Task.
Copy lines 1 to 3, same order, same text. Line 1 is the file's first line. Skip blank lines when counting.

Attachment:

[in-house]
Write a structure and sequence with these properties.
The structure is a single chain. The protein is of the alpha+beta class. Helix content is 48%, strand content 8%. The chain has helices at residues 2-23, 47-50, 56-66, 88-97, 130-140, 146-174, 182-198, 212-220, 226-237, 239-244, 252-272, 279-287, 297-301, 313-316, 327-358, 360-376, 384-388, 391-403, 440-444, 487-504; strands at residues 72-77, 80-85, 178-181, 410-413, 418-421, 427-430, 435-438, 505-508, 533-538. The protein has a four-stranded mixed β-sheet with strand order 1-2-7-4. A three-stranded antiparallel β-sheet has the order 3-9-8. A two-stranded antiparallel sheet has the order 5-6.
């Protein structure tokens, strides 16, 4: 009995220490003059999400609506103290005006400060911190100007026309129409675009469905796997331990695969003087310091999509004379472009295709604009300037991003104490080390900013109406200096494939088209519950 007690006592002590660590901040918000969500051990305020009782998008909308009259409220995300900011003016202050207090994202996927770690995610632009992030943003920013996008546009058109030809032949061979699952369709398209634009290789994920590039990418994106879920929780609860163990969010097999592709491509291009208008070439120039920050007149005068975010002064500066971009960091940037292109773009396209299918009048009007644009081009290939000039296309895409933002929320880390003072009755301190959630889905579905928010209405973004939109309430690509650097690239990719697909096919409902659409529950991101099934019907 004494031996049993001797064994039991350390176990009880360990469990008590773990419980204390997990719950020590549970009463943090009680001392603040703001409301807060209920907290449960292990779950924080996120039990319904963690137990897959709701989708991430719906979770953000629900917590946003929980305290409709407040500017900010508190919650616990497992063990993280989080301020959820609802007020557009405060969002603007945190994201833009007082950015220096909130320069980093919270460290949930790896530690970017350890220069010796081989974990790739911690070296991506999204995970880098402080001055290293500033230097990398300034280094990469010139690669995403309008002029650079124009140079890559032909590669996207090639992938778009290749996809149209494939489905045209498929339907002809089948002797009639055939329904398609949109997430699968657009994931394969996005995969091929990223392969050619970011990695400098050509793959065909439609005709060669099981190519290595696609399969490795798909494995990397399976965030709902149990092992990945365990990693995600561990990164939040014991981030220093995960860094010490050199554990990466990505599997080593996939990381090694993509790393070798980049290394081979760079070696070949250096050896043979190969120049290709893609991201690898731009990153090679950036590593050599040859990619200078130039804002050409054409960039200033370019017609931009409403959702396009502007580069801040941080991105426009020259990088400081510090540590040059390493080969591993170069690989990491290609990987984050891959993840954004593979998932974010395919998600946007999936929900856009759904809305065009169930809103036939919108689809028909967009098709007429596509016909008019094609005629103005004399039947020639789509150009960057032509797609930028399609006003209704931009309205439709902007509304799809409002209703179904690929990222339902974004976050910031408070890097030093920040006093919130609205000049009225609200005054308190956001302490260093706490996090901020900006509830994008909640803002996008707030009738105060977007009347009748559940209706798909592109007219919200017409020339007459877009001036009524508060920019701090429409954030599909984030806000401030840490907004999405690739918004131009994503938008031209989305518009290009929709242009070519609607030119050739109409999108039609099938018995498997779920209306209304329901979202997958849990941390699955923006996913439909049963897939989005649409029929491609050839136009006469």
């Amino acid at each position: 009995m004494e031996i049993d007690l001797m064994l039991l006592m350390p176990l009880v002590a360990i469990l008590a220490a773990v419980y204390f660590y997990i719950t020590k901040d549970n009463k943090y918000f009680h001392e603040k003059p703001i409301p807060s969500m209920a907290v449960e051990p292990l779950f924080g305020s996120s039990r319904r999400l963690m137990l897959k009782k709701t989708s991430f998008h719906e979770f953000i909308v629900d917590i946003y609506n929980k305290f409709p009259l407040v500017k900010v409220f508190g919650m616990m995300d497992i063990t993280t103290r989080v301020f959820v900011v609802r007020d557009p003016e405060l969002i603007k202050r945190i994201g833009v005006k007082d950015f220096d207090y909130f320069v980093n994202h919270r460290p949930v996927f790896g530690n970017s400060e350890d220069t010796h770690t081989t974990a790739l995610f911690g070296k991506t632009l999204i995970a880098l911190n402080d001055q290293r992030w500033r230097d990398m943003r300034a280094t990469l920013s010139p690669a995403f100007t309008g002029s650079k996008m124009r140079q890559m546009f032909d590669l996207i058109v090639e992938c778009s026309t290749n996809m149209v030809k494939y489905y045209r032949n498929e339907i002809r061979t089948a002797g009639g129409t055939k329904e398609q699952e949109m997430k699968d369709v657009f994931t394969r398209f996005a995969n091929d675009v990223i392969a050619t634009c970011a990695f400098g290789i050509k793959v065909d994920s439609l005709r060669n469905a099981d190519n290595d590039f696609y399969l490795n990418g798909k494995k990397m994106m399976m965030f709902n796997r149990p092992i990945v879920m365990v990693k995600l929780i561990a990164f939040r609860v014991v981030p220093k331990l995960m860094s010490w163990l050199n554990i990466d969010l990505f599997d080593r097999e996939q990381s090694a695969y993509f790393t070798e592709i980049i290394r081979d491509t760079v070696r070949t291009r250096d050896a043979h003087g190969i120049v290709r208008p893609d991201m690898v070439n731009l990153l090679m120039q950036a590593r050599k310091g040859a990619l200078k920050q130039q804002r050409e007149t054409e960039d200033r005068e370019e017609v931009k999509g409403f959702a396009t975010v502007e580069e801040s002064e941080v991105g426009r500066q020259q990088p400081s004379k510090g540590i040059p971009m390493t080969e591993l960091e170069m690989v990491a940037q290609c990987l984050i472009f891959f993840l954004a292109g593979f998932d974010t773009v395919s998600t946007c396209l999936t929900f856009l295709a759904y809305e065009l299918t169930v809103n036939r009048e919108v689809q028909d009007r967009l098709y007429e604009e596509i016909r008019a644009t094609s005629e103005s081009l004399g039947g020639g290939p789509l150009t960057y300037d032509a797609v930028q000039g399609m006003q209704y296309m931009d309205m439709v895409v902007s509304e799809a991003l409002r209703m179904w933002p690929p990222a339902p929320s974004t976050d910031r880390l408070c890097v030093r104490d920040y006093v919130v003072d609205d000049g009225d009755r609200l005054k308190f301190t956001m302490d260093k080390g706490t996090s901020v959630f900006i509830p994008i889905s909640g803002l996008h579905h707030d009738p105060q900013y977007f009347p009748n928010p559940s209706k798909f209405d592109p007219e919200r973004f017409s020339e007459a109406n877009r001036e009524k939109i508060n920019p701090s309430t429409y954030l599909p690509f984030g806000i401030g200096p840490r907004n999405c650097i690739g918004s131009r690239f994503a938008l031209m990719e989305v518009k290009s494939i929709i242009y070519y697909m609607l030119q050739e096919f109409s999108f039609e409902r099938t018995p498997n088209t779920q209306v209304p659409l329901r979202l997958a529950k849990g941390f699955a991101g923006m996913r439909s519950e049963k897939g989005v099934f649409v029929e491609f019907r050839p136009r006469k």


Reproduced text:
[in-house]
Write a structure and sequence with these properties.
The structure is a single chain. The protein is of the alpha+beta class. Helix content is 48%, strand content 8%. The chain has helices at residues 2-23, 47-50, 56-66, 88-97, 130-140, 146-174, 182-198, 212-220, 226-237, 239-244, 252-272, 279-287, 297-301, 313-316, 327-358, 360-376, 384-388, 391-403, 440-444, 487-504; strands at residues 72-77, 80-85, 178-181, 410-413, 418-421, 427-430, 435-438, 505-508, 533-538. The protein has a four-stranded mixed β-sheet with strand order 1-2-7-4. A three-stranded antiparallel β-sheet has the order 3-9-8. A two-stranded antiparallel sheet has the order 5-6.